Tuesday, June 16, 2015

Invasive? Whaddya Mean Invasive?

All told, I was happy with the results of the latest cancer test. No tumors, no area needing special attention. As always, I worried beforehand. There have been a couple of dozen cystoscopies in three years; only two have ever come back clean, and even after that, the cancer, that nasty, unwanted guest, managed to return.

The nurse has prepared me for the examination, and I think of the old joke: normally, when a woman handles me that way, a dinner and a movie were involved.

I’m lying on an examining table, wearing one of those paper horrors that never close right and show your butt. I am fixated on a small tear in one of the ceiling tiles. I focus on that because what is happening definitely does not feel good. Then I watch my doctor watch the screen depicting my innards as he moves a tiny camera up my urethrae and into my bladder.

“Looks good,” he says after a minute or two, and gives me a pat on the shoulder. He strips off his blue latex gloves and tosses them into the wastebasket. He adjusts his tie.

“I was worried,” he adds. “The last procedure found some new cells, invasive ones. So I was holding my breath… But right now it looks as if everything is all right. You’ll just have to be extra vigilant.”

I like my doctor. He has a toothy grin and the look of a somewhat frustrated bon vivant. He enjoys life and told me he brought in the New Year by drinking a little too much with his neighbors.  I answered that I was glad he wasn’t operating on me January first.  He said, “Oh no, the hospital is closed then.” Then he got it and went, “Ha! Ha ha! Yes! Ha!”  

I suppose that ethically, he had to tell me about the last surgery’s test results, and I’m grateful he didn’t pass that information on last March, because I would have worried for three straight months. But still, that news tarnished the silver cloud.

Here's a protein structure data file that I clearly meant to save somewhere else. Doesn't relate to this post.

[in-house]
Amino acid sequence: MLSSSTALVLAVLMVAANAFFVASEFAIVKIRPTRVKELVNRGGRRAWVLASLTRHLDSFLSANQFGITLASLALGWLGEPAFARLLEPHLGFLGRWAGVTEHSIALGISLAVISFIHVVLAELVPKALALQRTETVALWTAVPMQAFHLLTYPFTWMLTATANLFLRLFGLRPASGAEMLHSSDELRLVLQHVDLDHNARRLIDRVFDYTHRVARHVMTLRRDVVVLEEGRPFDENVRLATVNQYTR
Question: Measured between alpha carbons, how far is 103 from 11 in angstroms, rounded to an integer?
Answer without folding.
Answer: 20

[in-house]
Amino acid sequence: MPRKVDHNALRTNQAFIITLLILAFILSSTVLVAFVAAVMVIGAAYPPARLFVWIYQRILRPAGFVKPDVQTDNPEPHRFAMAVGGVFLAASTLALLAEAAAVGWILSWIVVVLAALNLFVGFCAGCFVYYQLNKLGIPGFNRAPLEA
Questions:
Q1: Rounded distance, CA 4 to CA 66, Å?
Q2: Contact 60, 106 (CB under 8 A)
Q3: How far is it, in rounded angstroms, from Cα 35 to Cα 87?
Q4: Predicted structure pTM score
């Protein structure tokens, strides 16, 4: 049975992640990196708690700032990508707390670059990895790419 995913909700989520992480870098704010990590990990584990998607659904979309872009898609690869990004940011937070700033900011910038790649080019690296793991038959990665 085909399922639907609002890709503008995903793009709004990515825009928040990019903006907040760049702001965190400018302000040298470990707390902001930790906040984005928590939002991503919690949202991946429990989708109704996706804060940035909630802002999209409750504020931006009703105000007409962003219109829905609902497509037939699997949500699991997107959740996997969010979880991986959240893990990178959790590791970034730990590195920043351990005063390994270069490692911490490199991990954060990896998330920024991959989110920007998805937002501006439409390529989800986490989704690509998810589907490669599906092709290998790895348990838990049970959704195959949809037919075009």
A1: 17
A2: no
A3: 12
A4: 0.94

This being said, I’m particularly happy not to have to be put under again. I really believe that being anesthetized isn’t good for my health, and that essentially being put in a supervised coma—that’s how one doctor described it—nine times in three years could have negative and lasting implications. I remember reading about brain cell loss among patients with high anesthesia rates…

Today, though, I think I’m going to opt for being happy. I have every intention of making myself a prosciutto provolone mortadella sweet peppers camembert and baby tomato sandwich on a French baguette. There will be mustard and olive oil and vinegar from the south of France. I will eat half-a-jar of those tiny little pickles you folks call gherkins and my folks call cornichons. I will make an excellent salad with spinach, Belgian endives and macadamia nuts but, since I’ll be full from the sandwich, I probably won’t eat it right now. I’ll nibble on it later today as I watch the FIFA Women’s World Cup, which is the best televised sport of the decade. I will then drink a quadruple decaf espresso, and sleep the sleep of the blessed.

All in all, so far, a good day.



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